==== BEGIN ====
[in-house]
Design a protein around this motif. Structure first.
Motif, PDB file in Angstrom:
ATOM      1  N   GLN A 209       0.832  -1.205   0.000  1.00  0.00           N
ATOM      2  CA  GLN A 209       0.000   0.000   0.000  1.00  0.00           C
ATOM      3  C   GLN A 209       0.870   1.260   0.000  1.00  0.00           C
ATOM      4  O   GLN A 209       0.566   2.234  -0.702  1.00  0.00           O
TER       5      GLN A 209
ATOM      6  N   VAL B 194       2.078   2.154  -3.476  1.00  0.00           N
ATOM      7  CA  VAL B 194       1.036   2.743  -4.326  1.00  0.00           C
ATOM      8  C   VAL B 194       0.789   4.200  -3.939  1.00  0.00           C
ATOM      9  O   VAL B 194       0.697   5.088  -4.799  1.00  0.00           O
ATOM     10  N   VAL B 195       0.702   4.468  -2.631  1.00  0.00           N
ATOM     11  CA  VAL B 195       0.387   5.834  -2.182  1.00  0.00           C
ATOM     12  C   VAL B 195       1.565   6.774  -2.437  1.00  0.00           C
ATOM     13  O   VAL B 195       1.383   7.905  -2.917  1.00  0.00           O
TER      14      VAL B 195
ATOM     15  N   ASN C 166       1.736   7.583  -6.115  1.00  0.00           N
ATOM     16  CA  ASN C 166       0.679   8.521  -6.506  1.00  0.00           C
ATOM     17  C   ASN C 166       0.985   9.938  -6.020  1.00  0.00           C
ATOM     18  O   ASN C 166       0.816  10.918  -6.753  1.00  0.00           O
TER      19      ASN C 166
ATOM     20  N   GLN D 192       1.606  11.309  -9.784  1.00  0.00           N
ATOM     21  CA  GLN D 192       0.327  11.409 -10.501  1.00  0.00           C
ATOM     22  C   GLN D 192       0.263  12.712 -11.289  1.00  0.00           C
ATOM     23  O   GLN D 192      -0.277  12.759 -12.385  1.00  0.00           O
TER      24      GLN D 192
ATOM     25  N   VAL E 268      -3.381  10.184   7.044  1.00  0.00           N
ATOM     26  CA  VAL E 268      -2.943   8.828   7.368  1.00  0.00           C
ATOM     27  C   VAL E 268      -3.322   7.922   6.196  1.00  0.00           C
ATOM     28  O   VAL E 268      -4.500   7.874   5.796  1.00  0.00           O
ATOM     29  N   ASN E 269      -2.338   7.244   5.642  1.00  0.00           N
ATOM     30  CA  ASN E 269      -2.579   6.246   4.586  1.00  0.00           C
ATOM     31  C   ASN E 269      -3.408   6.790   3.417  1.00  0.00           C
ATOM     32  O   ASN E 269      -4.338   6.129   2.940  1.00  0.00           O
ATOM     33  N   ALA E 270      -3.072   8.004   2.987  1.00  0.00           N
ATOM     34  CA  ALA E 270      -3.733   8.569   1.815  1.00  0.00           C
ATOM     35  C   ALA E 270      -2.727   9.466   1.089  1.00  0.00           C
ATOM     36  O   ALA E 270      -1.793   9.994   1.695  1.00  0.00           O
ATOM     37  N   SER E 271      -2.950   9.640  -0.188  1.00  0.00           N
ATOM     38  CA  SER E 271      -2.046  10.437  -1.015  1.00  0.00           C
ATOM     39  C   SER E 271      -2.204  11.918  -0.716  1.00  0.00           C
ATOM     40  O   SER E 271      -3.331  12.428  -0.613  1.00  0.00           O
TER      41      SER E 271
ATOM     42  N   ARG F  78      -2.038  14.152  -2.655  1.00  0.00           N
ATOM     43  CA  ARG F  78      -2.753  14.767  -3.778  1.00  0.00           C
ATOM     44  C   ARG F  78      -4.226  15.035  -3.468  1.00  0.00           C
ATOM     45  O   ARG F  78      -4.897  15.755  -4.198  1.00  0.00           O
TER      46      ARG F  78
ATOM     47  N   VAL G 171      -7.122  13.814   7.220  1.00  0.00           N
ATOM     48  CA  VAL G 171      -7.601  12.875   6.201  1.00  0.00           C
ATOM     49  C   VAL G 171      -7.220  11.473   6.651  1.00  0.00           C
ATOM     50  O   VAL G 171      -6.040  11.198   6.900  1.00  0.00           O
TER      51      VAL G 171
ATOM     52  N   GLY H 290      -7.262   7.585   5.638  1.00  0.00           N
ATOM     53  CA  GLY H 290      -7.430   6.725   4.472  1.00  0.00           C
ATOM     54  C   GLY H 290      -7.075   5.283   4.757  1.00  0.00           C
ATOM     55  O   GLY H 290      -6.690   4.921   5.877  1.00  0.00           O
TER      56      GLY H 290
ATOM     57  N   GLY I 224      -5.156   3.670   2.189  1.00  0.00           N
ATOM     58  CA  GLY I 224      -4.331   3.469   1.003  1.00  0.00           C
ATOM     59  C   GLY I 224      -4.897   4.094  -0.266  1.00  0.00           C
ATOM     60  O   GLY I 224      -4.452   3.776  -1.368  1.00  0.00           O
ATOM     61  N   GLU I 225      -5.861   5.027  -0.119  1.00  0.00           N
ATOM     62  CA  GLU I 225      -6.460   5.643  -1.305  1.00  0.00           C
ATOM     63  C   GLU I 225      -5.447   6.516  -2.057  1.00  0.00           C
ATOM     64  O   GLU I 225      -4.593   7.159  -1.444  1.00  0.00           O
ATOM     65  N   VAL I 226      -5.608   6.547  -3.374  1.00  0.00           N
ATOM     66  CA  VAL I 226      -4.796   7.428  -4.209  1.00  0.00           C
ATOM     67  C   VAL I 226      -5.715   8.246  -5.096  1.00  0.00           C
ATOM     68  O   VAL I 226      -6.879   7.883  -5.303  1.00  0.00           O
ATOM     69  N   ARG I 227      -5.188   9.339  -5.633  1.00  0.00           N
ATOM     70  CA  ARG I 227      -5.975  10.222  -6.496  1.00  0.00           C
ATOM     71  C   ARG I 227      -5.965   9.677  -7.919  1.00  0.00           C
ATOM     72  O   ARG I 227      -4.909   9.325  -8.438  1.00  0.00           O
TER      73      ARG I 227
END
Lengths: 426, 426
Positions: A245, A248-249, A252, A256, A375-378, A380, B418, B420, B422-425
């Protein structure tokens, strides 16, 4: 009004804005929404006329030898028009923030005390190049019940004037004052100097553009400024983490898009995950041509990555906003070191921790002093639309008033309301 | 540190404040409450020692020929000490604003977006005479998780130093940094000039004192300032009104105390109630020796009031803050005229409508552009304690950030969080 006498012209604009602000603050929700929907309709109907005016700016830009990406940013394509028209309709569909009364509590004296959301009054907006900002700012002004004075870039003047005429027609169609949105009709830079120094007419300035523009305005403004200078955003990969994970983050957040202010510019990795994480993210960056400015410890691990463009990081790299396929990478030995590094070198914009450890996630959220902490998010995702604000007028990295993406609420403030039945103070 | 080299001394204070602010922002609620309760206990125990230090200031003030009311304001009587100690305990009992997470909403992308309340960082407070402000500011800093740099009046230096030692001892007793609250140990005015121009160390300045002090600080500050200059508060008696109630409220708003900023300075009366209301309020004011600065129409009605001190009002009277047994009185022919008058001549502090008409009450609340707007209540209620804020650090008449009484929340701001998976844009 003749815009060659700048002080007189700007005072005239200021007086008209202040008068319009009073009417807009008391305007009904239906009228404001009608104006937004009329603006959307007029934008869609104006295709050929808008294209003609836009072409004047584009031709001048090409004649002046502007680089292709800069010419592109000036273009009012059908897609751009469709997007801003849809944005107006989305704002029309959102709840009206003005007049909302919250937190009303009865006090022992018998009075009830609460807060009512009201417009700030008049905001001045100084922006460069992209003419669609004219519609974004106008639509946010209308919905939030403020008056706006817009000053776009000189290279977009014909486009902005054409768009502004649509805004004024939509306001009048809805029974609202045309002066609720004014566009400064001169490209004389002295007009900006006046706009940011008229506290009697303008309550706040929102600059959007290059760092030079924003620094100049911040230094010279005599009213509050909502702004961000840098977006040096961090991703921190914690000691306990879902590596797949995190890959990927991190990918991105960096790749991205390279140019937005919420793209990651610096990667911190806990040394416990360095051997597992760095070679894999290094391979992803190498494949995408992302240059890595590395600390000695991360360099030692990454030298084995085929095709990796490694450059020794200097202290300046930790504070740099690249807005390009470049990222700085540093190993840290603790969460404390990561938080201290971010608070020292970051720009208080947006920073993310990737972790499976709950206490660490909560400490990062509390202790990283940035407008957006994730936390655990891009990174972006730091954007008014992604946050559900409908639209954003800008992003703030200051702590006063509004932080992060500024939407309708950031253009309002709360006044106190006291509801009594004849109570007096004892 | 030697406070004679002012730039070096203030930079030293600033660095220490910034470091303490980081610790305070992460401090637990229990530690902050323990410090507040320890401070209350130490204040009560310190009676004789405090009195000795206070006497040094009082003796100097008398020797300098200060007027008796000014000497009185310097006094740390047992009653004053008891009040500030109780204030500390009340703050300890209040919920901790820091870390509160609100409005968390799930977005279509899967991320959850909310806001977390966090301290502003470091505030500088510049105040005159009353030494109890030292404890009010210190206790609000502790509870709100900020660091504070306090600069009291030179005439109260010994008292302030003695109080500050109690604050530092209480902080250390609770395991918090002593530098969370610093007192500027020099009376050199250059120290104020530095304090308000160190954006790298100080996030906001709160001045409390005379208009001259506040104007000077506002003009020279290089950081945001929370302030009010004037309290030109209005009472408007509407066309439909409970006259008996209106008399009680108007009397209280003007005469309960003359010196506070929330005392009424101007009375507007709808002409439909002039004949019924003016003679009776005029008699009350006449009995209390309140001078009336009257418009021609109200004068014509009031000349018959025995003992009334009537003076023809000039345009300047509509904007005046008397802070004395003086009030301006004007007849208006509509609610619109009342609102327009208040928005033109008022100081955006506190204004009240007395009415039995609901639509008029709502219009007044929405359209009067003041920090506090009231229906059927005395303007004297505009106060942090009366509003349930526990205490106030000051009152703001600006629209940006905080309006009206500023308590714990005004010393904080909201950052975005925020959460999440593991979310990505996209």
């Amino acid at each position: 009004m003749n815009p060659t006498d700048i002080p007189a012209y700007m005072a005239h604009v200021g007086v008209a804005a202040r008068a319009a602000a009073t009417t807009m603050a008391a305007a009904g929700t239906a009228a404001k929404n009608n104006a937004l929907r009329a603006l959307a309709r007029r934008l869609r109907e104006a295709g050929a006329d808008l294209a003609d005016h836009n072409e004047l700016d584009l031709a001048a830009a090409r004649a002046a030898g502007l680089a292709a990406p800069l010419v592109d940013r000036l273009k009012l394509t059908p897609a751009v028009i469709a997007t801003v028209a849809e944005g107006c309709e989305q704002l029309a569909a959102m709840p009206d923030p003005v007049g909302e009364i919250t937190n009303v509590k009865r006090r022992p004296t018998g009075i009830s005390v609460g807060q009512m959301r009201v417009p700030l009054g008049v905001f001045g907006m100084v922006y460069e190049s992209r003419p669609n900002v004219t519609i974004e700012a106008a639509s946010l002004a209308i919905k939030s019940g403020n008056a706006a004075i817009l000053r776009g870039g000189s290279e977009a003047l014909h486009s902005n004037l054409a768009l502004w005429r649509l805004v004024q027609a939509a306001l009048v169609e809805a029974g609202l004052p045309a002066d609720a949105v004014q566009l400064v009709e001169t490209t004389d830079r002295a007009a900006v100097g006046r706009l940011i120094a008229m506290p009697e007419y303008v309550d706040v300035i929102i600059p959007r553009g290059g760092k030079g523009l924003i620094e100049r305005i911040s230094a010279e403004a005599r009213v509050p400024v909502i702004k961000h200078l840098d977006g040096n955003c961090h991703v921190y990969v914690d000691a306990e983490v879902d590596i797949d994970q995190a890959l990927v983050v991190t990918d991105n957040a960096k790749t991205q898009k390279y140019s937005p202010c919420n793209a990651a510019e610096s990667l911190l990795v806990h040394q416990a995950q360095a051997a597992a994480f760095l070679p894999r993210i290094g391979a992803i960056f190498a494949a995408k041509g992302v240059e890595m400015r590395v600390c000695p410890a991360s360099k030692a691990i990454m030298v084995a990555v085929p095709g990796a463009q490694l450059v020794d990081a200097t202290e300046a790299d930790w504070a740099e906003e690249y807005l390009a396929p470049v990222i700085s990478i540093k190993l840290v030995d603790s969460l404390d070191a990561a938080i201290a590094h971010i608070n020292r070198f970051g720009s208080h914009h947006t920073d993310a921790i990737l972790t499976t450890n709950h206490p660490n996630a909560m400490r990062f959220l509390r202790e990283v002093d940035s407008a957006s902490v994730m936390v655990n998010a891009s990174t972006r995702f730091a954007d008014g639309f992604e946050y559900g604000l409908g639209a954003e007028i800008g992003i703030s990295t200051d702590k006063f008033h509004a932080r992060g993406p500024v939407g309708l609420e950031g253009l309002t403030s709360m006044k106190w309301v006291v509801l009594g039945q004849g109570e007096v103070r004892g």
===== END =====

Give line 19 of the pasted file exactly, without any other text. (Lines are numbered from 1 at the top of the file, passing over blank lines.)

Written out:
ATOM     16  CA  ASN C 166       0.679   8.521  -6.506  1.00  0.00           C